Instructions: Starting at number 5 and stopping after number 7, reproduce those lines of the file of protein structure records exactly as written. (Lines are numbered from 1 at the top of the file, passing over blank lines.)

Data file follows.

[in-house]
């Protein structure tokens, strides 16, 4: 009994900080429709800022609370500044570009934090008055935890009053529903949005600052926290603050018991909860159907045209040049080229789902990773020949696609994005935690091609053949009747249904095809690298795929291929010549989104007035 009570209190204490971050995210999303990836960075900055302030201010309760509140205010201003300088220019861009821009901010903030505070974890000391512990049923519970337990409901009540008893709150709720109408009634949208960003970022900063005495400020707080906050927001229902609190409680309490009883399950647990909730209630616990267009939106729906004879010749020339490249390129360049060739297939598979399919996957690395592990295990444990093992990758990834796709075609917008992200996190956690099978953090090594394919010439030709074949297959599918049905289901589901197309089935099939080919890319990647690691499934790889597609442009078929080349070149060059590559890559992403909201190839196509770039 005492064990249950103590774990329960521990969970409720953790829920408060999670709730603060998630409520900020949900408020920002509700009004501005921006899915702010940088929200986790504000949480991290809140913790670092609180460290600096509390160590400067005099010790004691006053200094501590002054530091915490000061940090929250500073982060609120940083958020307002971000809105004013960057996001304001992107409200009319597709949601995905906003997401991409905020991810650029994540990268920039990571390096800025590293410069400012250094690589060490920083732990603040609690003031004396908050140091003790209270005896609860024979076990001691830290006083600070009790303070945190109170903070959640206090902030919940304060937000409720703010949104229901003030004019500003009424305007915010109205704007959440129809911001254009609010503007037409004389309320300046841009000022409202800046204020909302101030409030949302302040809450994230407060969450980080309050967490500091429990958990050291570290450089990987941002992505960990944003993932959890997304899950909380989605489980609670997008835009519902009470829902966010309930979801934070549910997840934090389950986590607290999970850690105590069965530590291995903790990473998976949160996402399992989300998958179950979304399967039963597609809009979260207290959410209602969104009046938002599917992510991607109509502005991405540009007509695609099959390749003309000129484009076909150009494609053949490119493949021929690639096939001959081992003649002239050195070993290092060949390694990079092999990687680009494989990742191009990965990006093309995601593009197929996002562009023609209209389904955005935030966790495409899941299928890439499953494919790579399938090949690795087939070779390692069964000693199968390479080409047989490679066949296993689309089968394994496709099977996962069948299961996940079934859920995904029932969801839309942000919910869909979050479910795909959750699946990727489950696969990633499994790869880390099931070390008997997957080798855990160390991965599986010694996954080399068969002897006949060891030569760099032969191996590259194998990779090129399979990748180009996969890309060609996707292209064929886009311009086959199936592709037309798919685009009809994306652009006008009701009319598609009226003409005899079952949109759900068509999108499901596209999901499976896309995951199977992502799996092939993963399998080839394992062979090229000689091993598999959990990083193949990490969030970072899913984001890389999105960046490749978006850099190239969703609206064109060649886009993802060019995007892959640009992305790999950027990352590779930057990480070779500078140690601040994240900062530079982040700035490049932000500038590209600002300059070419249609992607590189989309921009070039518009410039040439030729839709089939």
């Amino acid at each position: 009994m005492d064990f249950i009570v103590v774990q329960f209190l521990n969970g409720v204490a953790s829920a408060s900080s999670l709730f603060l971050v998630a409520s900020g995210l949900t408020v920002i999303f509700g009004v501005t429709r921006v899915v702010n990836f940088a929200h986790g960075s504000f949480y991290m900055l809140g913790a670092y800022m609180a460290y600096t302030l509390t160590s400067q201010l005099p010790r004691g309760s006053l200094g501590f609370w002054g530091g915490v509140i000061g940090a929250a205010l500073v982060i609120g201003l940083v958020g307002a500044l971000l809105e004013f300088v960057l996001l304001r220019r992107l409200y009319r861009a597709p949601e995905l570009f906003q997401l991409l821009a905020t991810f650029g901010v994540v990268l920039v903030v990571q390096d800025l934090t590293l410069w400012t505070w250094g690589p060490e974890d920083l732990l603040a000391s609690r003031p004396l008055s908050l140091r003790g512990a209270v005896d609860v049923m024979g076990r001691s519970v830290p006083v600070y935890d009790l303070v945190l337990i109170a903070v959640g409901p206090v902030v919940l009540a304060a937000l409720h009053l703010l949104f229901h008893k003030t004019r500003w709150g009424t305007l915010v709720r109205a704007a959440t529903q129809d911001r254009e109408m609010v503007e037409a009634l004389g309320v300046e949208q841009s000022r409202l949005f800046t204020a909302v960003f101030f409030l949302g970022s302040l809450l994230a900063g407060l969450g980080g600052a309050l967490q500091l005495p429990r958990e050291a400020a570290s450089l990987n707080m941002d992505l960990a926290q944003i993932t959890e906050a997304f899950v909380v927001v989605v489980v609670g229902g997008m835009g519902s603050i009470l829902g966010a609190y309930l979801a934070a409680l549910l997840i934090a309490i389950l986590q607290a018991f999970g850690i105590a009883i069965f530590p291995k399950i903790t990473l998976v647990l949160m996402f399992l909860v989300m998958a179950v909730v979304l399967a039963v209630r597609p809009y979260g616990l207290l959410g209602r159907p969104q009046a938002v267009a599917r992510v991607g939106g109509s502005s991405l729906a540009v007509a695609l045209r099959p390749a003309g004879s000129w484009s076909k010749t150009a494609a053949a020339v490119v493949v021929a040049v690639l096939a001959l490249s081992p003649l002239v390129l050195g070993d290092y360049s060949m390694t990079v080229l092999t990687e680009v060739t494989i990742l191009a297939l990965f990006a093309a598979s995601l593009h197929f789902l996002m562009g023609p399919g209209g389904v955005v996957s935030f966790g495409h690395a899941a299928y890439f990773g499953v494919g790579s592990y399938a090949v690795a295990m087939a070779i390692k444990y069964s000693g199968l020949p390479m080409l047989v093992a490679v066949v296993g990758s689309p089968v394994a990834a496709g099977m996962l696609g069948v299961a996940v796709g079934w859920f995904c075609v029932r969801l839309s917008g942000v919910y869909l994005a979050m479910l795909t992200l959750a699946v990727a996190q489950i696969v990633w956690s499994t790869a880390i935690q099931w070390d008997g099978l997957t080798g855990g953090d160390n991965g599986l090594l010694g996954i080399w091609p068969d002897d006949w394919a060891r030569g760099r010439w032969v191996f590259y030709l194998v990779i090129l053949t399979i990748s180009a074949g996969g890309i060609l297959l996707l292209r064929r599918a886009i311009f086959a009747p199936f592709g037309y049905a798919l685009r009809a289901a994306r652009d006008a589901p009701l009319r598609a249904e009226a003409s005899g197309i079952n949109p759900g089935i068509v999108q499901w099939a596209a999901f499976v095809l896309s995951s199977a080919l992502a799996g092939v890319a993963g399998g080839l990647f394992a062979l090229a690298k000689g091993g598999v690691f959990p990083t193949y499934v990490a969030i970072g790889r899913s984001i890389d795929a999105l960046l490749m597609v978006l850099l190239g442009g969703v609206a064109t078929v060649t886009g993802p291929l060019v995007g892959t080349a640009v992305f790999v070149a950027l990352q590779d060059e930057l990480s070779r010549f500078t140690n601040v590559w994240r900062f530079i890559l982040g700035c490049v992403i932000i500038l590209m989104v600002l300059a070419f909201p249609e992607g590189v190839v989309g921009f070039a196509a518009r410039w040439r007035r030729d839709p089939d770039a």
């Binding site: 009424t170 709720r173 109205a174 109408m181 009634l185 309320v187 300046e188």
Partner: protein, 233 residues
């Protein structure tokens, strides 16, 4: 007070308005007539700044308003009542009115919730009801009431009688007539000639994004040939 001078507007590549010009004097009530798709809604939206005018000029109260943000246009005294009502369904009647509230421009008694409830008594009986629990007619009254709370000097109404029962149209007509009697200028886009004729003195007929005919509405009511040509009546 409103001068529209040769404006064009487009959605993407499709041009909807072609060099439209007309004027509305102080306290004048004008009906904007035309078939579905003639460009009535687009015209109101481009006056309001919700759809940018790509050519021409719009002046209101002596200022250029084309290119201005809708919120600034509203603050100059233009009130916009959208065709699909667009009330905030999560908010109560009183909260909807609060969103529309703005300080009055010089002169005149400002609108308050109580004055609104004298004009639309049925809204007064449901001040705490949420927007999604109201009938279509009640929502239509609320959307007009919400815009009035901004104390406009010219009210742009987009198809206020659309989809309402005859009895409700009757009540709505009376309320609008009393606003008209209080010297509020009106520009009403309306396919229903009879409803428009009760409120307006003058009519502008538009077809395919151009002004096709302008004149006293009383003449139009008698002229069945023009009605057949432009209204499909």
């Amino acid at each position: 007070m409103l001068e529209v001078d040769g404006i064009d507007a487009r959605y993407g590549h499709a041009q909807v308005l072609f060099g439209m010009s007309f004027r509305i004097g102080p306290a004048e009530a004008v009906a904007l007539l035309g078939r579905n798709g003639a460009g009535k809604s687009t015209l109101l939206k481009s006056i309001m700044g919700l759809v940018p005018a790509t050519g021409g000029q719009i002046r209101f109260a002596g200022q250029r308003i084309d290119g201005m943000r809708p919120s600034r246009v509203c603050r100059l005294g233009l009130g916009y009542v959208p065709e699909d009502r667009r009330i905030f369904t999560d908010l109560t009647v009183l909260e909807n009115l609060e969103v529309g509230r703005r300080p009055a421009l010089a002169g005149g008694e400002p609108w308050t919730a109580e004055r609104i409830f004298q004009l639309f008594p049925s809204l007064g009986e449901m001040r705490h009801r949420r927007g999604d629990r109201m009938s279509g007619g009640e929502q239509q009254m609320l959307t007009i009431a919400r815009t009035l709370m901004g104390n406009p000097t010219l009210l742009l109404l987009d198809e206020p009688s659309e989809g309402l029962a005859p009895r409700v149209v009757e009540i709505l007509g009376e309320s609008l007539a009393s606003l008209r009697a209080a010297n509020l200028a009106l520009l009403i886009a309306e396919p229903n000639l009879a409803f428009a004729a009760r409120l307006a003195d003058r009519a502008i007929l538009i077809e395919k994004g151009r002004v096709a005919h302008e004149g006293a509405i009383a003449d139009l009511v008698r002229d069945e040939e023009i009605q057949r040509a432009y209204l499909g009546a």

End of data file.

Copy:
Partner: protein, 233 residues
């Protein structure tokens, strides 16, 4: 007070308005007539700044308003009542009115919730009801009431009688007539000639994004040939 001078507007590549010009004097009530798709809604939206005018000029109260943000246009005294009502369904009647509230421009008694409830008594009986629990007619009254709370000097109404029962149209007509009697200028886009004729003195007929005919509405009511040509009546 409103001068529209040769404006064009487009959605993407499709041009909807072609060099439209007309004027509305102080306290004048004008009906904007035309078939579905003639460009009535687009015209109101481009006056309001919700759809940018790509050519021409719009002046209101002596200022250029084309290119201005809708919120600034509203603050100059233009009130916009959208065709699909667009009330905030999560908010109560009183909260909807609060969103529309703005300080009055010089002169005149400002609108308050109580004055609104004298004009639309049925809204007064449901001040705490949420927007999604109201009938279509009640929502239509609320959307007009919400815009009035901004104390406009010219009210742009987009198809206020659309989809309402005859009895409700009757009540709505009376309320609008009393606003008209209080010297509020009106520009009403309306396919229903009879409803428009009760409120307006003058009519502008538009077809395919151009002004096709302008004149006293009383003449139009008698002229069945023009009605057949432009209204499909």
């Amino acid at each position: 007070m409103l001068e529209v001078d040769g404006i064009d507007a487009r959605y993407g590549h499709a041009q909807v308005l072609f060099g439209m010009s007309f004027r509305i004097g102080p306290a004048e009530a004008v009906a904007l007539l035309g078939r579905n798709g003639a460009g009535k809604s687009t015209l109101l939206k481009s006056i309001m700044g919700l759809v940018p005018a790509t050519g021409g000029q719009i002046r209101f109260a002596g200022q250029r308003i084309d290119g201005m943000r809708p919120s600034r246009v509203c603050r100059l005294g233009l009130g916009y009542v959208p065709e699909d009502r667009r009330i905030f369904t999560d908010l109560t009647v009183l909260e909807n009115l609060e969103v529309g509230r703005r300080p009055a421009l010089a002169g005149g008694e400002p609108w308050t919730a109580e004055r609104i409830f004298q004009l639309f008594p049925s809204l007064g009986e449901m001040r705490h009801r949420r927007g999604d629990r109201m009938s279509g007619g009640e929502q239509q009254m609320l959307t007009i009431a919400r815009t009035l709370m901004g104390n406009p000097t010219l009210l742009l109404l987009d198809e206020p009688s659309e989809g309402l029962a005859p009895r409700v149209v009757e009540i709505l007509g009376e309320s609008l007539a009393s606003l008209r009697a209080a010297n509020l200028a009106l520009l009403i886009a309306e396919p229903n000639l009879a409803f428009a004729a009760r409120l307006a003195d003058r009519a502008i007929l538009i077809e395919k994004g151009r002004v096709a005919h302008e004149g006293a509405i009383a003449d139009l009511v008698r002229d069945e040939e023009i009605q057949r040509a432009y209204l499909g009546a």